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Spout Springs Library debuts 'Born to Learn' trail
Learning activity at library engages children
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Adrian Mixson, right, director of Hall County Libraries, talks about the benefits of the Born Learning Trail while Carol Williams, United Way of Hall County senior vice president of community impact, watches on Thursday during a ribbon cutting at the Spout Springs Library. The trail marks the third in the county, with the other two at the Interactive Neighborhood for Kids and Wilshire Trails Park. - photo by SARA GUEVARA
Spout Springs Library officially became the home of Hall County’s third Born Learning Trail on Thursday at a ribbon-cutting ceremony.

The United Way of Hall County worked with the Friends of the Library, the Hall County Master Gardeners, the Sterling on the Lake Community Support Organization and Newland Communities to install the trail.

The Born Learning Trail includes a series of signs with tips for interactive learning activities for children and caregivers. The trail targets children 5 and younger and offers opportunities to learn alphabets, numbers and activities such as hopscotch.

Adrian Mixson, director of Hall County Libraries, said the Born Learning Trail fits well within the libraries’ mission.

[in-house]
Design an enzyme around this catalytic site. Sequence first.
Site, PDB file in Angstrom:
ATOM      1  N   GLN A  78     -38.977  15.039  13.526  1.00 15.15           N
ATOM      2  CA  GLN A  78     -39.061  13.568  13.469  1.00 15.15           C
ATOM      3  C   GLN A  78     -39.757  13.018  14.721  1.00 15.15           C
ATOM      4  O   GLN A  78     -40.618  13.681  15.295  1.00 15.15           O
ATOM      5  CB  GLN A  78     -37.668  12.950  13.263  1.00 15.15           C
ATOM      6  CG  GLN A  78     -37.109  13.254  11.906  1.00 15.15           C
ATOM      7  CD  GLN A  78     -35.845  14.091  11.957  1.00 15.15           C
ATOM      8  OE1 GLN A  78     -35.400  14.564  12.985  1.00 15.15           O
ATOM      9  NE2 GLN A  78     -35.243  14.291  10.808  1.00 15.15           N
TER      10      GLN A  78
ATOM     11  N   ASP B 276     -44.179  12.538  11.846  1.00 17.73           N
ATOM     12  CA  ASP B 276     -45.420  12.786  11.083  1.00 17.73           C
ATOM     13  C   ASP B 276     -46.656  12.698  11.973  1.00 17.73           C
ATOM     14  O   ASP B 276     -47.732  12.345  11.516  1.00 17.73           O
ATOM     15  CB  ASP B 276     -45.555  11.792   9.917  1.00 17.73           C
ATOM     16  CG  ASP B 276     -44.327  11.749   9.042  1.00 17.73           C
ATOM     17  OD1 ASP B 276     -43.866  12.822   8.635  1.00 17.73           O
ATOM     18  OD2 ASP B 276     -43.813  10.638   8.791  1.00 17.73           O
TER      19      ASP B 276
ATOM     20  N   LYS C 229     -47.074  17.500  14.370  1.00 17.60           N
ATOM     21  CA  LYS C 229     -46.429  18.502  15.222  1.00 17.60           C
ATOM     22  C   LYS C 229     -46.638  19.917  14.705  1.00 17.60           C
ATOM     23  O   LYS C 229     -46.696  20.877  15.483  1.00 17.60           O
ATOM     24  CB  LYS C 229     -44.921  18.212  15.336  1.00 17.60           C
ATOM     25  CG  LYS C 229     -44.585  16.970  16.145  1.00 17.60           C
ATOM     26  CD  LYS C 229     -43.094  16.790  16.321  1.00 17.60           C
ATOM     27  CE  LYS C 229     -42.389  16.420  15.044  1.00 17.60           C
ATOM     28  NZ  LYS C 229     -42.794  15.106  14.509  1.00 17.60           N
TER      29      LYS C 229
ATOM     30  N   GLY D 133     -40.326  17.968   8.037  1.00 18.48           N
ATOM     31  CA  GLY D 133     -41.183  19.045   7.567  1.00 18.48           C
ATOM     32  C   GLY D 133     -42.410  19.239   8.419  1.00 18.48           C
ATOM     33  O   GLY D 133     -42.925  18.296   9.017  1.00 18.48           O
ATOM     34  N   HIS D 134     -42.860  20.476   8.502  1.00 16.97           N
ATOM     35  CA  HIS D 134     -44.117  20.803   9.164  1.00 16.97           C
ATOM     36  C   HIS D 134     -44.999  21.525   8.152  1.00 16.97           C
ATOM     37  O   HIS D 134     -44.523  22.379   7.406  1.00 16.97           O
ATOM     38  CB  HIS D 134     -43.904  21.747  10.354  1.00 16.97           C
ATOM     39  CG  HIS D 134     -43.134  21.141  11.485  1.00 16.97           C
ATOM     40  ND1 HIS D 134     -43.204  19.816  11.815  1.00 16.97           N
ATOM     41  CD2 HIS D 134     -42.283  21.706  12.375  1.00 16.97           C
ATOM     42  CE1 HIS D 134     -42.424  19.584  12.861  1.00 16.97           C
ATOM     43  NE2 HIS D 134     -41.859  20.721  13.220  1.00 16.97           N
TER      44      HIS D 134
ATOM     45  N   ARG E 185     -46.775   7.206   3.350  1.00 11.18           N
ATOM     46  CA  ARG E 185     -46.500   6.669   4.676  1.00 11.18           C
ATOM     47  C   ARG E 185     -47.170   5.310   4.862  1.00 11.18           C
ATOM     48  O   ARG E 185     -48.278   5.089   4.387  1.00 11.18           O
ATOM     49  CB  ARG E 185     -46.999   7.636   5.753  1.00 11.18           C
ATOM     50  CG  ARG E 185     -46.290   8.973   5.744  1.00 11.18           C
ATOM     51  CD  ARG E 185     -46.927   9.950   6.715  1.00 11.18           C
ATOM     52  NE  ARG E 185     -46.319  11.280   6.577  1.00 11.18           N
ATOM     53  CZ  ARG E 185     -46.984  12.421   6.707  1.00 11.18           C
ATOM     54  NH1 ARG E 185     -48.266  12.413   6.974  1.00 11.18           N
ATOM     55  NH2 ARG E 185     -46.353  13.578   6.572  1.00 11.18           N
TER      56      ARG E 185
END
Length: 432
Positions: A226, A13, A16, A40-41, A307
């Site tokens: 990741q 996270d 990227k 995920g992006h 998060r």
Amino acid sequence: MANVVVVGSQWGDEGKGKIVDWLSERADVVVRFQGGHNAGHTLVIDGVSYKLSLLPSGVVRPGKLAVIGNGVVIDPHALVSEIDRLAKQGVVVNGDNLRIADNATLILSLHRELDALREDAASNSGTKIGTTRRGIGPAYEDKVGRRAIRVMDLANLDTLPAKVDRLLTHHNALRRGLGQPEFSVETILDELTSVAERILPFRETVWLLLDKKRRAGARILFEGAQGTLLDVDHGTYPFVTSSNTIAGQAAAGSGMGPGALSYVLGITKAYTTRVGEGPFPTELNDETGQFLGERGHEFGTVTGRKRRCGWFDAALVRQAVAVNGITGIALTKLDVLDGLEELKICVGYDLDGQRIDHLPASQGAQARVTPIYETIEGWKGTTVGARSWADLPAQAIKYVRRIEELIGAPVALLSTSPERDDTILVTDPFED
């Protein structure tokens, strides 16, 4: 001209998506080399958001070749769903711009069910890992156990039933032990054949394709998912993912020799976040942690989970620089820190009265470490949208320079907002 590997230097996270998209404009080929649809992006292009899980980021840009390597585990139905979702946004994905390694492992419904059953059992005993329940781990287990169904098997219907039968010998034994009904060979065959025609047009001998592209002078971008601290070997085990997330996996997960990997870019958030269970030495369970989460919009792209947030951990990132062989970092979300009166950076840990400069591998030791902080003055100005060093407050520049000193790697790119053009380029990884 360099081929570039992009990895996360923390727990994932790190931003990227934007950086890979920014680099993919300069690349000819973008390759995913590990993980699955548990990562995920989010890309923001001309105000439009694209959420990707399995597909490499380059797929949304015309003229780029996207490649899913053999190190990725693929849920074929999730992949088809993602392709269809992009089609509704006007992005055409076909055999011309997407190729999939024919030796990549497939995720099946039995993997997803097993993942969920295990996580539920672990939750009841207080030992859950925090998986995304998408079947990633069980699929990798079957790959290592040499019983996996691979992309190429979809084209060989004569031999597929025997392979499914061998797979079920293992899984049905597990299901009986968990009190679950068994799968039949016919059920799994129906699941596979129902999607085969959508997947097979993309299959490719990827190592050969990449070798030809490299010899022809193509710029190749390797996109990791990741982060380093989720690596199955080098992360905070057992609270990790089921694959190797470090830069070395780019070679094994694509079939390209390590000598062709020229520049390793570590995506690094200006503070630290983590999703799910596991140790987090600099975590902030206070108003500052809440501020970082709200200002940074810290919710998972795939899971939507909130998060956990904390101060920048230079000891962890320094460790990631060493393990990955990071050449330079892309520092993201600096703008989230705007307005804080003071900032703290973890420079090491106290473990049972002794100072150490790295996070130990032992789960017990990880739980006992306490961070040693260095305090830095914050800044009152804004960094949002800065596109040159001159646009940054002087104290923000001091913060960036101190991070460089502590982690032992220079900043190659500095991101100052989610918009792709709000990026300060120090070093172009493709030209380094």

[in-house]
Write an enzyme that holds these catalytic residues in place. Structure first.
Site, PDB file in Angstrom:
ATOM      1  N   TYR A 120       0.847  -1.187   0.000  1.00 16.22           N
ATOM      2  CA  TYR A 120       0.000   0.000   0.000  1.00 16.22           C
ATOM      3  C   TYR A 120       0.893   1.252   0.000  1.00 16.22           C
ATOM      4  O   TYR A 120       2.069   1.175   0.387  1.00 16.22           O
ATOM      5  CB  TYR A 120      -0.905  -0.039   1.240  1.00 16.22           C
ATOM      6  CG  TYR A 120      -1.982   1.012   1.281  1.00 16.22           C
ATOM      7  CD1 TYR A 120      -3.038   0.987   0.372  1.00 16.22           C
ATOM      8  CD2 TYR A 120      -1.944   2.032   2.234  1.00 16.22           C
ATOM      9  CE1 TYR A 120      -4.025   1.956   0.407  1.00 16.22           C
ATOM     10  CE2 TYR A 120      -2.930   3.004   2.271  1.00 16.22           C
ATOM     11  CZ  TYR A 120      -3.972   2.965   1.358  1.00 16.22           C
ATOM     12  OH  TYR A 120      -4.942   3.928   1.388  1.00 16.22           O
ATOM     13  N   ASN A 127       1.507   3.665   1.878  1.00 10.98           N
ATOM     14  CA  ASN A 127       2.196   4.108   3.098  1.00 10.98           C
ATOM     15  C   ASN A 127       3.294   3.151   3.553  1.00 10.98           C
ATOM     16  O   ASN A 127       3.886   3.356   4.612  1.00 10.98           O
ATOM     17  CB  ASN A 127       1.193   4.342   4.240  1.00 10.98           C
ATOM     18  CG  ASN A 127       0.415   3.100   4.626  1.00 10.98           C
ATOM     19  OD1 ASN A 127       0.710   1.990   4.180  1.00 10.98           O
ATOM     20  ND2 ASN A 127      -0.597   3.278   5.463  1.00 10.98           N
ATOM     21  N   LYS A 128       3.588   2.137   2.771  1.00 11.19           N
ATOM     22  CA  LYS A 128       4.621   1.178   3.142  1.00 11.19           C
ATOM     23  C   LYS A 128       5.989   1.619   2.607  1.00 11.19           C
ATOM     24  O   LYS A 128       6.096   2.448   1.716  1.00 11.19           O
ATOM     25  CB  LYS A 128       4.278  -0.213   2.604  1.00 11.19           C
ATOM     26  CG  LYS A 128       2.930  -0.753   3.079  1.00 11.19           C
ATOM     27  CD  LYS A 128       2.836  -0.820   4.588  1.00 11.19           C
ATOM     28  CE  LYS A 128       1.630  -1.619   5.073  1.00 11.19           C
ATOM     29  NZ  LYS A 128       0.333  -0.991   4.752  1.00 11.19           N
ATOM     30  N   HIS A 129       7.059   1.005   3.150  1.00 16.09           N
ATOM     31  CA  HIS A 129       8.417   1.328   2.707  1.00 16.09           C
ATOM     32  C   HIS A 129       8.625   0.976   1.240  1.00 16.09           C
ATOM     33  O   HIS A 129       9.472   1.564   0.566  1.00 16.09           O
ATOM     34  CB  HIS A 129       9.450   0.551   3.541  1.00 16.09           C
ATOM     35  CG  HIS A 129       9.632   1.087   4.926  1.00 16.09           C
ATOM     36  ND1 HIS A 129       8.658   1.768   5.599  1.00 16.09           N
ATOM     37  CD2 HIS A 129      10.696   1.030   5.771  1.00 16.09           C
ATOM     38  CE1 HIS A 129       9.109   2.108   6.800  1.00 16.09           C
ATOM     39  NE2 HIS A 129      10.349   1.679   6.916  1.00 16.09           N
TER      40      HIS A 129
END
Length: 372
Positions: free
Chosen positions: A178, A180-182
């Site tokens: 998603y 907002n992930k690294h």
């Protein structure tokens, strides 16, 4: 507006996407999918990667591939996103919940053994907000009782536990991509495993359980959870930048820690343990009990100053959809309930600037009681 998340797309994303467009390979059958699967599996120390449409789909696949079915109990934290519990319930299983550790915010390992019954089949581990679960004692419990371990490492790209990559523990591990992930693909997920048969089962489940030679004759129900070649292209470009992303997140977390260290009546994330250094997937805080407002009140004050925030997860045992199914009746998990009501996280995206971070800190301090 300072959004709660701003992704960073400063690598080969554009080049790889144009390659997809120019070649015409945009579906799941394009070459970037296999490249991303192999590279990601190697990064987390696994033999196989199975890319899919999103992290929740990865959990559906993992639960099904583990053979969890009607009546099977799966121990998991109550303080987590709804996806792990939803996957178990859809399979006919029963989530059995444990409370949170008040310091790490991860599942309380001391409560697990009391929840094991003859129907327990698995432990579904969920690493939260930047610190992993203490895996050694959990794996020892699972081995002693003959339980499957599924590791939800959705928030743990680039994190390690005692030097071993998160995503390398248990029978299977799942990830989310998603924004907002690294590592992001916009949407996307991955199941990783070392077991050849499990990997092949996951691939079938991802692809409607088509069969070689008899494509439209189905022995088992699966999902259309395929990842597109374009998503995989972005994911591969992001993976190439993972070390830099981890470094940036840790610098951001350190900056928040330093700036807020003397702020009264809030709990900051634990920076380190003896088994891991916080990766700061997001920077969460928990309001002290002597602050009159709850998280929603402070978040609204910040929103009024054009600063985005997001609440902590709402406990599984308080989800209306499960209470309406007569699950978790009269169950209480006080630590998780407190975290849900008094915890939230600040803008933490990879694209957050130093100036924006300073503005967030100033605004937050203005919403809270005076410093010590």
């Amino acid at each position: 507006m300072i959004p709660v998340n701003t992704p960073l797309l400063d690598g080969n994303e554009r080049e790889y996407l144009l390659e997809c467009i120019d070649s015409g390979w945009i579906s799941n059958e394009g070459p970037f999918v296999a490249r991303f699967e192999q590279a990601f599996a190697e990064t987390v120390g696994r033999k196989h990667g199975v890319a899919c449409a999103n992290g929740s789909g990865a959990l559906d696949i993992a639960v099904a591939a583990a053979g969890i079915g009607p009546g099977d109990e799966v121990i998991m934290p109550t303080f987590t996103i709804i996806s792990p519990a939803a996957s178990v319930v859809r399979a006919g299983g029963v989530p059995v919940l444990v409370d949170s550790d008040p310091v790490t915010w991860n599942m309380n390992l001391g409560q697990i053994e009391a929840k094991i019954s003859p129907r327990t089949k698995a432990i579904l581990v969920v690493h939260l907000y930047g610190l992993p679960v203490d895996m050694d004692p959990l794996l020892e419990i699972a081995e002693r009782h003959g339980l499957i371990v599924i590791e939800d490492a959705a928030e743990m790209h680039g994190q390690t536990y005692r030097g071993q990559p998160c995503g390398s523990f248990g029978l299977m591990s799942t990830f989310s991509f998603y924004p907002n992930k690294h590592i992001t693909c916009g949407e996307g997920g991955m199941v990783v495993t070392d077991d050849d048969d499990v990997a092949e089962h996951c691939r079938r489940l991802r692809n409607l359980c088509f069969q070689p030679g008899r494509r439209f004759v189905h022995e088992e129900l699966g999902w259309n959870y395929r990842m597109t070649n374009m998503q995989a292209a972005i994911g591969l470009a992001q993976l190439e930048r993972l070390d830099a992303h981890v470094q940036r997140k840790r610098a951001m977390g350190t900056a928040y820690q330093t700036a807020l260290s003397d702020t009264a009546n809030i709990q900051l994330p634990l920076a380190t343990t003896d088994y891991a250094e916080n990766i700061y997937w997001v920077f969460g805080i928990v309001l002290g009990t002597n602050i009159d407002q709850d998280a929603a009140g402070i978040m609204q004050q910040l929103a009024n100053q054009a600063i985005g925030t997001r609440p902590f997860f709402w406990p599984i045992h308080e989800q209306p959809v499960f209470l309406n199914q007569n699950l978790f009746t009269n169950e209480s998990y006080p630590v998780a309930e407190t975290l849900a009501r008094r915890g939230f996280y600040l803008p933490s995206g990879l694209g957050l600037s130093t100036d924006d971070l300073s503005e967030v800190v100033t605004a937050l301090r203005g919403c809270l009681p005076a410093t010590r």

“It promotes childhood literacy and shows that reading is practical,” Mixson said. “It’ll be a path our community can enjoy.”

This is the only trail located at a library and the first in South Hall. The two other Hall County trails are located at Wilshire Trails Park and the Interactive Neighborhood for Kids.

Carol Williams, the United Way’s senior vice president for community impact, said incorporating education into children’s lives at a young age is important.

“If you get kids engaged at an early age then they’re much more likely to be ready for school. Their success at that level indicates whether they’re really going to be able to go on and be finish school,” Williams said.

“One of the long-term outcomes is to increase graduation rates and reduce dropout rates.”

The Master Gardeners planned a sun garden, and a shade garden will be part of the educational process as well.

“These are native plants, and there will be some signage about the planting,” Williams said.

The trails cost about $1,500 each to install and were funded through an endowment from the late J. Cleon Nalley.

Williams said though the Born Learning Trails are simple, she thinks they will do great things for families in Hall County.

“To me, one of the biggest treasures of that is that it’s reading for parents, reading for young kids and it’s conversation and relationship building,” Williams said.
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